This is likely happening because the unit cannot detect that a vacuum has formed, and the gaskets around the vacuum channel are the probable culprit. The Foodsaver gaskets will deform and/or dry out with time, just like in any device, but you don't necessarily have to replace them. I've tried this inexpensive solution on my own Foodsaver V2490, and it works perfectly.
Buy some food-grade silicone grease and apply it to both the upper and lower gaskets. I remove the gaskets and coat both sides with a thin layer of grease before replacing them in their respective channels. And since this grease will be absorbed and/or dry out with time, you will have to do this occasionally, so I also flip the gaskets (i.e. turn them over) whenever I apply the grease.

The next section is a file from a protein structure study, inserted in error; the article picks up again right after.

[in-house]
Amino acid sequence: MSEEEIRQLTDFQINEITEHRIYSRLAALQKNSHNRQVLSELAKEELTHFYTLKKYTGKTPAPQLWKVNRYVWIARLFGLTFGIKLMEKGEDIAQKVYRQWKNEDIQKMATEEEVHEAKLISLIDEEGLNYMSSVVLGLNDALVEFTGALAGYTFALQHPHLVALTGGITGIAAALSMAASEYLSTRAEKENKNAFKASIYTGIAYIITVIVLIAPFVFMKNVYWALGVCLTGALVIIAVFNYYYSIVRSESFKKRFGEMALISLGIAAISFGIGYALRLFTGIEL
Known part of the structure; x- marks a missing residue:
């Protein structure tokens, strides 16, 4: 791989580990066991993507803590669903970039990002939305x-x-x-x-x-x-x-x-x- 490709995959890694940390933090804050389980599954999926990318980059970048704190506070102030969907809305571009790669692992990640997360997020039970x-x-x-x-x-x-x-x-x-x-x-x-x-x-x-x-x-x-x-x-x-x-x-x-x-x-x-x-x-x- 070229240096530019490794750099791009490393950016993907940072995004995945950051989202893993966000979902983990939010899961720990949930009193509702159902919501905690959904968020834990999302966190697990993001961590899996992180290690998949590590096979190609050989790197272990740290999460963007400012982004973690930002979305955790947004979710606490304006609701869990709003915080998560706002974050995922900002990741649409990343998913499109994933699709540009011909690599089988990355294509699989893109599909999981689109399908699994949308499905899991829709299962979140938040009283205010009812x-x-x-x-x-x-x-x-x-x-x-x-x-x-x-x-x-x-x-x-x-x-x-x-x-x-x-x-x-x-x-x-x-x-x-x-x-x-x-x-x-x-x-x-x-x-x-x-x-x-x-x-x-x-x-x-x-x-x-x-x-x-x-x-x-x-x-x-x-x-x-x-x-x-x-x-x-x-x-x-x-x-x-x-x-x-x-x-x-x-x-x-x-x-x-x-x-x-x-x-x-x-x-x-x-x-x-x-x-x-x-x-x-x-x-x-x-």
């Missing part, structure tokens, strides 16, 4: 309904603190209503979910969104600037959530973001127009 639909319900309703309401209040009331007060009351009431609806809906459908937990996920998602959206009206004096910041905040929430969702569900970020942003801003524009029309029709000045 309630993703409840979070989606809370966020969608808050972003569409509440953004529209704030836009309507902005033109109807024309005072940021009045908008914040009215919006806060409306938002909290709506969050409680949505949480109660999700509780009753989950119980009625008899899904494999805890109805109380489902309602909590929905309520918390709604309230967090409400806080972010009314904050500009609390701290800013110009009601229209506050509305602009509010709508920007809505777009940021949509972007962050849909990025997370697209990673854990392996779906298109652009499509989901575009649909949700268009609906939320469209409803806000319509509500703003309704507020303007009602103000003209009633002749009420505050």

You can buy a 2 oz container of silicone grease at any dive store, or you can buy it over the Internet by searching for "Trident silicone grease".
This is a link where you can buy it for around $7.00:
Dolphin Dive Center
I do not work at this dive center, but I am a scuba diver and already had some grease that I use for the numerous rubber gaskets in my gear. The 2 oz. jar will last you several years, and you will find many other uses for it around the house since the grease will last longer than a spray.